But it is of limited usefulness for interaction: We’ve established a difference, and now what? So we need to look at how to respond to challenges, misunderstandings and dilemmas as they occur in encounters. A key question is then: What cultures are we taking into account? It’s widely accepted that culture is a characteristic of any group; cities, professions, generations, etc., all have a certain culture. Hence people are always members of several cultures. So even if we want to focus on interactions between people of different nationalities, ethnicities or religions (which is generally what we do as interculturalists), we should take other group memberships into account.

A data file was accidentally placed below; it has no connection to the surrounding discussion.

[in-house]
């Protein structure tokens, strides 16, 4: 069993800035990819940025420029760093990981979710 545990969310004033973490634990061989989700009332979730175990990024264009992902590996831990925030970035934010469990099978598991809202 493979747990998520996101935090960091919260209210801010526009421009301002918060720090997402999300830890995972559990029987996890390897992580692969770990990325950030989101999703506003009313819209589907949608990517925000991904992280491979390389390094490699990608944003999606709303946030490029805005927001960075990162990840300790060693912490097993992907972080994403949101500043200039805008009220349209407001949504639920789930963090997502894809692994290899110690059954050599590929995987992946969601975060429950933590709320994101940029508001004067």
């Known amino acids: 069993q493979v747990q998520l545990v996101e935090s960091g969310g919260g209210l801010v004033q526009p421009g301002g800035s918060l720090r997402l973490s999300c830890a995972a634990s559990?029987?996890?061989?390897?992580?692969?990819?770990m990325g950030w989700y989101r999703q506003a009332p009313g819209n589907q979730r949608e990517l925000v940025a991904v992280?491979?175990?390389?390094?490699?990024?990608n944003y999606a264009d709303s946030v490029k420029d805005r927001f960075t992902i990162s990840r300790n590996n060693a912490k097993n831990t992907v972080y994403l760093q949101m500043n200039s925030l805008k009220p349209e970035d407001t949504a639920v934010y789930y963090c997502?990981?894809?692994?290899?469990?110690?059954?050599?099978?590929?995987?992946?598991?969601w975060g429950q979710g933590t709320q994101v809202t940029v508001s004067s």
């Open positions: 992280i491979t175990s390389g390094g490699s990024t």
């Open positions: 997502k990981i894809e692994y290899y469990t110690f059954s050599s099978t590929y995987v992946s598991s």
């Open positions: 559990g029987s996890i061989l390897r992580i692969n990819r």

It can then be counterproductive when knowledge reduces people to their ethnic, religious or national belonging. This leads us to ‘culturalize’ situations and interpret interactions based only on ‘cultural’ explanations. We tend then to stereotype on the basis of a single group-identity, which makes us feel uneasy or even hostile to intercultural contact because these ‘cultural others’ seem so alien and different. (Supposed) cultural differences can even be abused to create us-versus-them scenarios like ‘the Clash of the Civilizations’. So all in all, I think we should be mindful if and how we mention and emphasize cultural differences.
The book describes the so-called ‘TOPOI-model’. What kind of model is this and why do you use it in your book?